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Coordinates: 32°11′21″N 48°15′28″E / 32.18922°N 48.257785°E / 32.18922; 48.257785

Red pog.svg
Susa
Iran locator.png
The city of Susa is identified on this map
Ancient
Mesopotamia
Euphrates · Tigris
Sumer
Eridu · Kish · Uruk · Ur
Lagash · Nippur · Ngirsu
Elam
Susa · Anshan
Akkadian Empire
Akkad · Mari
Amorites
Isin · Larsa
Babylonia
Babylon · Chaldea
Assyria
Assur · Nimrud
Dur-Sharrukin · Nineveh
Mesopotamia
Sumer (king list)
Kings of Elam
Kings of Assyria
Kings of Babylon
Enûma Elish · Gilgamesh
Assyro-Babylonian religion
Sumerian · Elamite
Akkadian · Aramaic
Hurrian · Hittite

Susa (Persian: شوش, pronounced [ʃuʃ]; also Armenian (Shushan); Greek: Σοῦσα [sousa]); Syriac: ܫܘܫ (Shush); was an ancient city of the Elamite, Persian and Parthian empires of Iran, located about 250 km (150 miles) east of the Tigris River.

The modern Iranian town of Shush is located at the site of ancient Susa.

Contents

History

Winged sphinx from the palace of Darius the Great at Susa.

Susa is one of the oldest-known settlements of the region and indeed the world, possibly founded about 4200 BC (See List of oldest continuously inhabited cities); although the first traces of an inhabited village have been dated to ca. 7000 BC. Evidence of a painted-pottery civilization has been dated to ca. 5000 BC.

In historic times, Susa was the primary capital of the Elamite Empire. Its name in Elamite was written variously Šušan, Šušun, etc. The city appears in the very earliest Sumerian records, eg. in Enmerkar and the Lord of Aratta it is described as one of the places obedient to Inanna, patron deity of Uruk.

Susa is also mentioned in the Ketuvim of the Hebrew Bible, mainly in Esther, but also once each in Nehemiah and Daniel. Both Daniel and Nehemiah lived in Susa during the Babylonian captivity of Judah of the 6th century BC. Esther became queen there, and saved the Jews from genocide. A tomb presumed to be that of Daniel is located in the area, known as Shush-Daniel. The tomb is marked by an unusual white, stone cone, which is neither regular nor symmetric. Many scholars believe it was at one point a Star of David.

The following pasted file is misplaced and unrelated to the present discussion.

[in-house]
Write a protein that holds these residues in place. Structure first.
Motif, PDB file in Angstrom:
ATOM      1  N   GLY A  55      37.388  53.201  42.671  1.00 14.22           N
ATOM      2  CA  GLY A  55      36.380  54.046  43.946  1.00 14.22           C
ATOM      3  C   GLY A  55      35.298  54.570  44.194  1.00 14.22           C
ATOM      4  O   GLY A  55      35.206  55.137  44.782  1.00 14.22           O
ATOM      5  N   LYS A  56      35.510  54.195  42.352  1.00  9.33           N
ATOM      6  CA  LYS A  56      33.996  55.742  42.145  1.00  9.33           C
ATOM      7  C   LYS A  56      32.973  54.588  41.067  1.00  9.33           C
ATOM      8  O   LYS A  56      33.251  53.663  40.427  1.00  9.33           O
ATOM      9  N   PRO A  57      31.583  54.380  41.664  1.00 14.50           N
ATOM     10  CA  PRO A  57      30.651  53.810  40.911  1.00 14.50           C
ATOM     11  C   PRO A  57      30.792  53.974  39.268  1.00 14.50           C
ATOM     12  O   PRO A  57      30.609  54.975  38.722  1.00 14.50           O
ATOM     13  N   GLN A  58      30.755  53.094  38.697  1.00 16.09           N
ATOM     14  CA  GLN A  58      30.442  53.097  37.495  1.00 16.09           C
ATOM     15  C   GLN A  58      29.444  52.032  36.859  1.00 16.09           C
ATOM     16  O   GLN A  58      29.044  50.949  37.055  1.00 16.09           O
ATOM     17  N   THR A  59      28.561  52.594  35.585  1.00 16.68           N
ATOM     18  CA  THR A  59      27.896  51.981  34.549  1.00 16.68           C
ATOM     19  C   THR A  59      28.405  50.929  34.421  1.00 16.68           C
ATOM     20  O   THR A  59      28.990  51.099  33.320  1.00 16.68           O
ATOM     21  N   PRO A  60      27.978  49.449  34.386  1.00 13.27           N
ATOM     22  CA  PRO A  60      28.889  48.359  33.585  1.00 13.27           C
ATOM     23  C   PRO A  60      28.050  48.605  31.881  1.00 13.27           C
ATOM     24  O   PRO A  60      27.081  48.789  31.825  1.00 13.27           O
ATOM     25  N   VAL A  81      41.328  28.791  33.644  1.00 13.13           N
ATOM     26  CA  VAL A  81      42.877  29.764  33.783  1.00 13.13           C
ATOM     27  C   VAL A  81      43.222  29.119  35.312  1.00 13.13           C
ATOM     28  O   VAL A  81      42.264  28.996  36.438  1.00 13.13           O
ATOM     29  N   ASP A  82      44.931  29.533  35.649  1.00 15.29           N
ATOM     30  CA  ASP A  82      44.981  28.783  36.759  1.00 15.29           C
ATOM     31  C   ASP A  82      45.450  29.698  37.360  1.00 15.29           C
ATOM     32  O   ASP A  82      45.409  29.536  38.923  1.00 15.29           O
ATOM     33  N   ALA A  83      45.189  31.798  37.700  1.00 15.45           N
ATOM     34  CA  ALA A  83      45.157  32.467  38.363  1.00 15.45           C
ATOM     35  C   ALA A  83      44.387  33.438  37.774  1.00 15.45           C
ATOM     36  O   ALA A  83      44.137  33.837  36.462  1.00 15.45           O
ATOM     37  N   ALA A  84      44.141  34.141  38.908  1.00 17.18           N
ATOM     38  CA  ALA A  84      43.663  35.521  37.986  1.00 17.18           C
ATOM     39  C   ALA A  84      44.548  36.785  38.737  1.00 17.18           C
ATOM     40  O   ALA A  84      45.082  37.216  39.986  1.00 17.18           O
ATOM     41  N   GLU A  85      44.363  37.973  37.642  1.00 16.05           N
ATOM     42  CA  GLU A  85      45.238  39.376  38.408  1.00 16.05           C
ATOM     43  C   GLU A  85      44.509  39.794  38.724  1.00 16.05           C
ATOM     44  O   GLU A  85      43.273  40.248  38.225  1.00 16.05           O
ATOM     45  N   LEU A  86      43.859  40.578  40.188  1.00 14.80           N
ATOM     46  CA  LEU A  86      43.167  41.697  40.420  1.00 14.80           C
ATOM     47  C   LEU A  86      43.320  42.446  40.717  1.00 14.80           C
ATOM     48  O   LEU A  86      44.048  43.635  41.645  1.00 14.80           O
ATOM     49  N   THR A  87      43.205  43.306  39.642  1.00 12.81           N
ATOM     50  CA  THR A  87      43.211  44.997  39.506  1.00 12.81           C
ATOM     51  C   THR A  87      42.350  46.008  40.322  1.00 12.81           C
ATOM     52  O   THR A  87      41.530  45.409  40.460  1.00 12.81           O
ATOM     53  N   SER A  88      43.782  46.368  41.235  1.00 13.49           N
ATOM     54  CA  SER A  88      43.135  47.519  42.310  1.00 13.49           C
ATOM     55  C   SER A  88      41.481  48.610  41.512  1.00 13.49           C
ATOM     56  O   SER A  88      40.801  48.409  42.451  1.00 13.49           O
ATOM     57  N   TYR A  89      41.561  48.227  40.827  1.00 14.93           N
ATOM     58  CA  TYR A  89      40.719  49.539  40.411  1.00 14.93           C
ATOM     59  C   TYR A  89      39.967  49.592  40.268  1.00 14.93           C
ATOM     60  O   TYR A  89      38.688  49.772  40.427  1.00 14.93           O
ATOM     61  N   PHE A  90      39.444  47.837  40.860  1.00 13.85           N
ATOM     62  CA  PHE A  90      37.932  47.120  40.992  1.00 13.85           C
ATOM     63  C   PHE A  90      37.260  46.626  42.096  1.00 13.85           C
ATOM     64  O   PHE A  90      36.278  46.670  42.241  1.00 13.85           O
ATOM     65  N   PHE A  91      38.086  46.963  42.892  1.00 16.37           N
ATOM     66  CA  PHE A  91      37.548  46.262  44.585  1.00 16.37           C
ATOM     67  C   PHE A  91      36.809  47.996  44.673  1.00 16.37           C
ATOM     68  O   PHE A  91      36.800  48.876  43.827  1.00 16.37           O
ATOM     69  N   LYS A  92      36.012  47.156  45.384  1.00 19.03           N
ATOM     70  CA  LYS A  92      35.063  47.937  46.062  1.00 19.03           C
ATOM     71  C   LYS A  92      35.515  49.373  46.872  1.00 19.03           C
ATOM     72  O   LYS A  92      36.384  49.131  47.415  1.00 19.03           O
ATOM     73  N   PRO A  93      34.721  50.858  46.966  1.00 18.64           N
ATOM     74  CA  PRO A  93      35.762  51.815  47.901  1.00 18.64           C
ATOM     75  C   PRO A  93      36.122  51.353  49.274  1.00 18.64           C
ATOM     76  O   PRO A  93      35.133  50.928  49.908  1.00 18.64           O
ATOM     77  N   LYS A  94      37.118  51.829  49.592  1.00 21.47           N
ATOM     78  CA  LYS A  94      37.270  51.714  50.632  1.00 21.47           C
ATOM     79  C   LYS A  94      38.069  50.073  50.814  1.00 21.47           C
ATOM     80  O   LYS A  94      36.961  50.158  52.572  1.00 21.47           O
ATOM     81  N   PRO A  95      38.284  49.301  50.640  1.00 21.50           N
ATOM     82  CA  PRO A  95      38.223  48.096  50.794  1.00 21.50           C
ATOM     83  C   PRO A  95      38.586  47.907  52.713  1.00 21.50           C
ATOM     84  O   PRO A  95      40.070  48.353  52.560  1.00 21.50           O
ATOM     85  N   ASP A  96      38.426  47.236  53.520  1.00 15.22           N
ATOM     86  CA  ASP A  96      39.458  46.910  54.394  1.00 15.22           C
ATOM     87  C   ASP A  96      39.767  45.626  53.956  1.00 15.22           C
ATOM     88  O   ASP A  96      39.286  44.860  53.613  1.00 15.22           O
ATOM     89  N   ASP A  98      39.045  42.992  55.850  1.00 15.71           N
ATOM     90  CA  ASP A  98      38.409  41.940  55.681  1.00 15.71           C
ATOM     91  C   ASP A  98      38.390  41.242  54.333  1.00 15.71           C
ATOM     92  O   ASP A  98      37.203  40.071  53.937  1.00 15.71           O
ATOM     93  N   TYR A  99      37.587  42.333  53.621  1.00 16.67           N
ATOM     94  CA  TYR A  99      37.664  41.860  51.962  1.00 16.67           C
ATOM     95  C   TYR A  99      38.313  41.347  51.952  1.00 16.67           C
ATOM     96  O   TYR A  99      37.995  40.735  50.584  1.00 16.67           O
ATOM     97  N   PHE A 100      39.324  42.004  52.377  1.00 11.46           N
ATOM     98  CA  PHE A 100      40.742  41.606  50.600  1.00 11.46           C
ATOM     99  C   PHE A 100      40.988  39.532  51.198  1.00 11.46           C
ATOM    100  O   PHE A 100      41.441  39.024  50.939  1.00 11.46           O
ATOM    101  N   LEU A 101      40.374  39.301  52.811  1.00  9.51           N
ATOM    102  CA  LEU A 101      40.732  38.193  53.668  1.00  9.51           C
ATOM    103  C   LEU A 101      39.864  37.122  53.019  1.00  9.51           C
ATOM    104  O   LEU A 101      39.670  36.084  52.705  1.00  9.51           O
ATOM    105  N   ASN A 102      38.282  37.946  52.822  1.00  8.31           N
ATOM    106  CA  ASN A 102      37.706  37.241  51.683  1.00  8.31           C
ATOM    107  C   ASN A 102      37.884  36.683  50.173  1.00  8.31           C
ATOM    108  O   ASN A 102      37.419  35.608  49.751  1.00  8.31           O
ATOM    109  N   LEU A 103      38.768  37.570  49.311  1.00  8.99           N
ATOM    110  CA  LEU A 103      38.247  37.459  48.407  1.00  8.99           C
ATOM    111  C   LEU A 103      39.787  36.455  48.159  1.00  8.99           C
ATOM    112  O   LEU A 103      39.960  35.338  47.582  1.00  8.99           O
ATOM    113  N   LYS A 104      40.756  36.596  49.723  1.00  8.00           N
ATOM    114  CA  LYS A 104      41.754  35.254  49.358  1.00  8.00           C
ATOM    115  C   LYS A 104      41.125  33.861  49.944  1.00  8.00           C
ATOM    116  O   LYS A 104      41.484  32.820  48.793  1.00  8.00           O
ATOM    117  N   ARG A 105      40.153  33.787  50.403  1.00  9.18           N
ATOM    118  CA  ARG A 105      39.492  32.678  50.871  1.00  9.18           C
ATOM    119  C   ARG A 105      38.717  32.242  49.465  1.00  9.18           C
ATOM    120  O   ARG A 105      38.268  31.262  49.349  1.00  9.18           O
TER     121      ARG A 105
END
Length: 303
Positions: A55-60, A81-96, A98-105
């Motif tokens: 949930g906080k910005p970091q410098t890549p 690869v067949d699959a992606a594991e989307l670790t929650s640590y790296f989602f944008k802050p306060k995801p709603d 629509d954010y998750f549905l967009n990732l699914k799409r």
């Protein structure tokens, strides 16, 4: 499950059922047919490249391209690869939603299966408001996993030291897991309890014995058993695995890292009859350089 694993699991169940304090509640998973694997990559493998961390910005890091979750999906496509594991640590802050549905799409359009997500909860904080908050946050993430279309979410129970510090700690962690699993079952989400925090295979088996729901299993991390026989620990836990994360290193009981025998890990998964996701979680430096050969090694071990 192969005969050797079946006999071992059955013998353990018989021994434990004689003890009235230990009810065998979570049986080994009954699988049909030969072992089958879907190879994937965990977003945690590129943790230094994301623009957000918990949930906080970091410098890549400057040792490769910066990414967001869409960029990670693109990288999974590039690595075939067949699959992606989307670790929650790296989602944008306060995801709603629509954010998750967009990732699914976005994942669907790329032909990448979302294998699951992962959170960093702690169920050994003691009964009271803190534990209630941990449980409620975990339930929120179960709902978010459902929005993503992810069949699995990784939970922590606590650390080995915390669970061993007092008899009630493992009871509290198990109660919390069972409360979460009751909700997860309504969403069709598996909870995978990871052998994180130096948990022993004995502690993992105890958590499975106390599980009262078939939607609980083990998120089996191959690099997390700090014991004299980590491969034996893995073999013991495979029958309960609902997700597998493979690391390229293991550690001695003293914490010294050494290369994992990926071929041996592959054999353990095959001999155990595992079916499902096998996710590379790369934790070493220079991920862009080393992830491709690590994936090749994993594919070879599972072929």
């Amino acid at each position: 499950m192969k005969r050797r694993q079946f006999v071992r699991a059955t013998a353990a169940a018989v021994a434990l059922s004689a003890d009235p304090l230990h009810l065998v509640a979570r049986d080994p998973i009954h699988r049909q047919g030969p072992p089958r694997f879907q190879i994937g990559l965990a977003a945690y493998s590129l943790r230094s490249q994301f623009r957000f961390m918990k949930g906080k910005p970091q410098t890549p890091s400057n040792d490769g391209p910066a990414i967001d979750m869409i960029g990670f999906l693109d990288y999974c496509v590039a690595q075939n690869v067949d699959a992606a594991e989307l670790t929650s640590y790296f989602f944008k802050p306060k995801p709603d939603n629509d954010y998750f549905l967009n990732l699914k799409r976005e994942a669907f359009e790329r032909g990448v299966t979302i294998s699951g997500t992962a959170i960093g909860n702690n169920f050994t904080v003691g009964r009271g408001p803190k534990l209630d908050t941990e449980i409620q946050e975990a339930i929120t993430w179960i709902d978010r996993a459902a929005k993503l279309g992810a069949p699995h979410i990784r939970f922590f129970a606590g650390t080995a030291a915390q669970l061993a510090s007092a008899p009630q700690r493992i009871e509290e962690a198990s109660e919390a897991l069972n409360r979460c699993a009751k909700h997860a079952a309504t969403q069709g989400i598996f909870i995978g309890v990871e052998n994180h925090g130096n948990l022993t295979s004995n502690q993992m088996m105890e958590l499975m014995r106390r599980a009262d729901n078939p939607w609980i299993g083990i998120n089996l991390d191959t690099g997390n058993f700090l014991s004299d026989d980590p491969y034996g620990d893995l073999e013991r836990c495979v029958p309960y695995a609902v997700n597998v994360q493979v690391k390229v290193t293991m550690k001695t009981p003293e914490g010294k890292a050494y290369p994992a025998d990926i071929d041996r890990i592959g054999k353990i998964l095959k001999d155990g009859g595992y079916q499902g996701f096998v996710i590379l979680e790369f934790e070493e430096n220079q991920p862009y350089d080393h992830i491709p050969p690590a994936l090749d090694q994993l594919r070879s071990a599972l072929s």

Susa is further mentioned in the Book of Jubilees (8:21 & 9:2) as one of the places within the inheritance of Shem and his eldest son Elam; and in 8:1, "Susan" is also named as the son (or daughter, in some translations) of Elam.

Šušan was incorporated by Sargon the Great into his Akkadian Empire in approximately 2330 BC. It remained capital of an Akkadian province until ca. 2240 BC, when its Elamite governor, Kutik-Inshushinak, rose up in rebellion and liberated it, making it a literary center. However, following this, the city was again conquered by the neo-Sumerian Ur-III dynasty, and held until Ur finally collapsed at the hands of the Elamites under Kindattu in ca. 2004 BC. At this time Susa again became an Elamite capital.

The Elamites under Shutruk-Nahhunte plundered the original stele bearing the Code of Hammurabi in ca. 1175 BC and took it to Susa, where it was found in 1901. However, Nebuchadrezzar I of the Babylonian empire managed to plunder Susa in return, around fifty years later.

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Assyrians

Ashurbanipal's brutal campaign against Susa in 647 BC is triumphantly recorded in this relief. Here, flames rise from the city as Assyrian soldiers topple it with pickaxes and crowbars and carry off the spoils.

In 647 BCE, the Assyrian king Assurbanipal leveled the city during a war in which the people of Susa apparently participated on the other side. A tablet unearthed in 1854 by Austen Henry Layard in Nineveh reveals Ashurbanipal as an "avenger", seeking retribution for the humiliations the Elamites had inflicted on the Mesopotamians over the centuries: